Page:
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Sex Transm Dis. 2000 Sep;27(8):446-51.

Does measured behavior reflect STD risk? An analysis of data from a randomized controlled behavioral intervention study. Project RESPECT Study Group.

Author information

1
National Center for STD, HIV, and TB Prevention, Centers for Disease Control and Prevention, Atlanta, Georgia 30333, USA. tap1@cdc.gov

Abstract

BACKGROUND:

Many studies measure sex behavior to determine the efficacy of sexually transmitted disease (STD)/HIV prevention interventions.

GOAL:

To determine how well measured behavior reflects STD incidence.

STUDY DESIGN:

Data from a trial (Project RESPECT) were analyzed to compare behavior and incidence of STD (gonorrhea, chlamydia, syphilis, HIV) during two 6-month intervals.

RESULTS:

A total of 2879 persons had 5062 six-monthly STD exams and interviews; 8.9% had a new STD in 6 months. Incidence was associated with demographic factors but only slightly associated with number of partners and number of unprotected sex acts with occasional partners. Many behaviors had paradoxical associations with STD incidence. After combining behavior variables to compare persons with highest and lowest risk behaviors, the STD incidence ratio was only 1.7.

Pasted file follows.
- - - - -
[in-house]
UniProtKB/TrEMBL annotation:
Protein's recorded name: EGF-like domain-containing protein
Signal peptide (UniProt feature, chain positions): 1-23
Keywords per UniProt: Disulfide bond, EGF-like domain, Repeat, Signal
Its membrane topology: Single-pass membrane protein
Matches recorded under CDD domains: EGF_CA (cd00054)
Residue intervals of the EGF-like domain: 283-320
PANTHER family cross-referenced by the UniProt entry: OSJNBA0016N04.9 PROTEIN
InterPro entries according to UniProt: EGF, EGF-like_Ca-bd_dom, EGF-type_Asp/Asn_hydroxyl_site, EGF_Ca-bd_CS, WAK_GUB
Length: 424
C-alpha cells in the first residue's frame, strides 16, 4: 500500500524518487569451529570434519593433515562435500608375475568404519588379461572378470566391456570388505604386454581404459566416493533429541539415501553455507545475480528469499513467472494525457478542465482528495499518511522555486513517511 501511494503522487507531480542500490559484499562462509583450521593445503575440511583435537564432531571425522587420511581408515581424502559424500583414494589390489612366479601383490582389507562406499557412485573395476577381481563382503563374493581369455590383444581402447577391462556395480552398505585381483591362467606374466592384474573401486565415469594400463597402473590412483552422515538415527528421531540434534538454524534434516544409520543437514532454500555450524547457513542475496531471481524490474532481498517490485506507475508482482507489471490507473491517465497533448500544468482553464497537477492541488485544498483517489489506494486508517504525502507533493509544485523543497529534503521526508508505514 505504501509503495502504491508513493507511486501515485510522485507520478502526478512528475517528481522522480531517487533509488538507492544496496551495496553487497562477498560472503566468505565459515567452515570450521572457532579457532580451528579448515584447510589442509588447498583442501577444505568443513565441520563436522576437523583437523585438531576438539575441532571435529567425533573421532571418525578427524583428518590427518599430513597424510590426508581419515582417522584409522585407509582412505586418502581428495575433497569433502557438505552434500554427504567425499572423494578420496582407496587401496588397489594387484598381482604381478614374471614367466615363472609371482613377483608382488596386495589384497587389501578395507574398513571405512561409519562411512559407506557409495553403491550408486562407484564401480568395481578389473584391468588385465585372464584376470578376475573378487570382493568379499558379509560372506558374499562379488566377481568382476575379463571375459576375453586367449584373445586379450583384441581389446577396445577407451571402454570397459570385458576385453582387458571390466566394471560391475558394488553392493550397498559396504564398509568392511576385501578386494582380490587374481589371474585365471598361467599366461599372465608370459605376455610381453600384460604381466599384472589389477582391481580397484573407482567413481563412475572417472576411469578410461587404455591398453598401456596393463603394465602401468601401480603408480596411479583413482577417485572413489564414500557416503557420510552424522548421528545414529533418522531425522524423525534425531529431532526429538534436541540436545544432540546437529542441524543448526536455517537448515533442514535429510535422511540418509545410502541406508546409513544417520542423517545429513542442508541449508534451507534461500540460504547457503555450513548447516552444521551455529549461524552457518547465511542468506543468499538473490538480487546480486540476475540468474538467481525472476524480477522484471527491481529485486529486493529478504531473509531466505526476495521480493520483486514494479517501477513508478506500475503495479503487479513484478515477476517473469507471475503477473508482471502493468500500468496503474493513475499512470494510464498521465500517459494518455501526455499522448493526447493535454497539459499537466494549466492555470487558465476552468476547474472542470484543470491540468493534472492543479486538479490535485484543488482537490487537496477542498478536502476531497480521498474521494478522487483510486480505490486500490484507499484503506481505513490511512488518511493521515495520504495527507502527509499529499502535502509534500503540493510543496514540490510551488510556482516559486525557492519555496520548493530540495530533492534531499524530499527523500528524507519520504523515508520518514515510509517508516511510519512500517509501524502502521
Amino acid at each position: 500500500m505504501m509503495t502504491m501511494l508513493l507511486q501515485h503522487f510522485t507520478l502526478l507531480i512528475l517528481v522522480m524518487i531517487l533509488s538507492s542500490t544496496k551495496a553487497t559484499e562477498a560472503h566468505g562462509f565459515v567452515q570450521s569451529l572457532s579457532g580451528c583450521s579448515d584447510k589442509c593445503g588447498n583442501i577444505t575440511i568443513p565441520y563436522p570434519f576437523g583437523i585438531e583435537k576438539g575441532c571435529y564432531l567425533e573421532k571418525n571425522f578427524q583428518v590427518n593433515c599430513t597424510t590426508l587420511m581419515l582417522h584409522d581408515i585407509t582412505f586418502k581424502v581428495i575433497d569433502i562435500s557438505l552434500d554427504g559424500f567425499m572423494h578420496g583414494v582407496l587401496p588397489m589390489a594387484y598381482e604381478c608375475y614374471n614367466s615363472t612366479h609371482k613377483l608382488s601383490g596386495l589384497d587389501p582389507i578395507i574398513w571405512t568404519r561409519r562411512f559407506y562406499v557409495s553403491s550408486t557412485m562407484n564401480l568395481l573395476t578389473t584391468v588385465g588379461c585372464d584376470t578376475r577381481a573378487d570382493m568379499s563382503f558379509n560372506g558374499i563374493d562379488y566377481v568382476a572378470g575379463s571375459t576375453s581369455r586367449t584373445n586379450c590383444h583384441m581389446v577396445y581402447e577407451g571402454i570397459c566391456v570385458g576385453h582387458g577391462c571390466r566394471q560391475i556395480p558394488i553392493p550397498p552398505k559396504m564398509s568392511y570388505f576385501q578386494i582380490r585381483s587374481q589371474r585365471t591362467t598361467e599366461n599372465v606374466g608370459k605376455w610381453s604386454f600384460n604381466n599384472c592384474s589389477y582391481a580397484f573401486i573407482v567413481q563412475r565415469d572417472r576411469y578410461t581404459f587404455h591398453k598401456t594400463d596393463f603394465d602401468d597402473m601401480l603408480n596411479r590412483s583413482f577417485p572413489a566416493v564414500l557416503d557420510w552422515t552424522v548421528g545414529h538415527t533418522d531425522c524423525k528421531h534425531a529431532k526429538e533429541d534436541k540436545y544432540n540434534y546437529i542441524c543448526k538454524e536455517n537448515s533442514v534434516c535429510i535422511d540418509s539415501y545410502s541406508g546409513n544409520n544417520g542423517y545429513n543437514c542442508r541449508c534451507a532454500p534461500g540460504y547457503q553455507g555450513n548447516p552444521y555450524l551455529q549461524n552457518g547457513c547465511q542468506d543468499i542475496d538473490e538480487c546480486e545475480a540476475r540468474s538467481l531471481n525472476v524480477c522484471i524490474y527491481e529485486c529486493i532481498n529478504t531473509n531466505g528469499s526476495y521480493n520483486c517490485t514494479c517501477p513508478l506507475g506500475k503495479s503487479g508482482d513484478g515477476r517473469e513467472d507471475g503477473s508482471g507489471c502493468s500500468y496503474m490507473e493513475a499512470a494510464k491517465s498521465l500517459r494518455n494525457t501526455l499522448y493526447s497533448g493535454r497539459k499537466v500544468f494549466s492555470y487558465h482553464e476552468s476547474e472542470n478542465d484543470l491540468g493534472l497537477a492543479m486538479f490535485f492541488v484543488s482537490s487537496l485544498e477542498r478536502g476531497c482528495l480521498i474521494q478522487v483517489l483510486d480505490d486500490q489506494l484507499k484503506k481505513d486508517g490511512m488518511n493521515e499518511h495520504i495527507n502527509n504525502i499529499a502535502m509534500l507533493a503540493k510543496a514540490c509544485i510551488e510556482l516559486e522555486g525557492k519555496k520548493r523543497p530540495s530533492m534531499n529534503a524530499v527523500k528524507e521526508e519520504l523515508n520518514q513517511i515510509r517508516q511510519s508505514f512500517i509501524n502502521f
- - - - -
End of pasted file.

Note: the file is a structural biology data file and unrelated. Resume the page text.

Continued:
CONCLUSION:

Behavioral interventions have prevented STD. We found people tend to have safe sex with risky partners and risky sex with safe partners. Therefore, it is difficult to extrapolate the disease prevention efficacy of an intervention from a measured effect on behavior alone.

[Indexed for MEDLINE]

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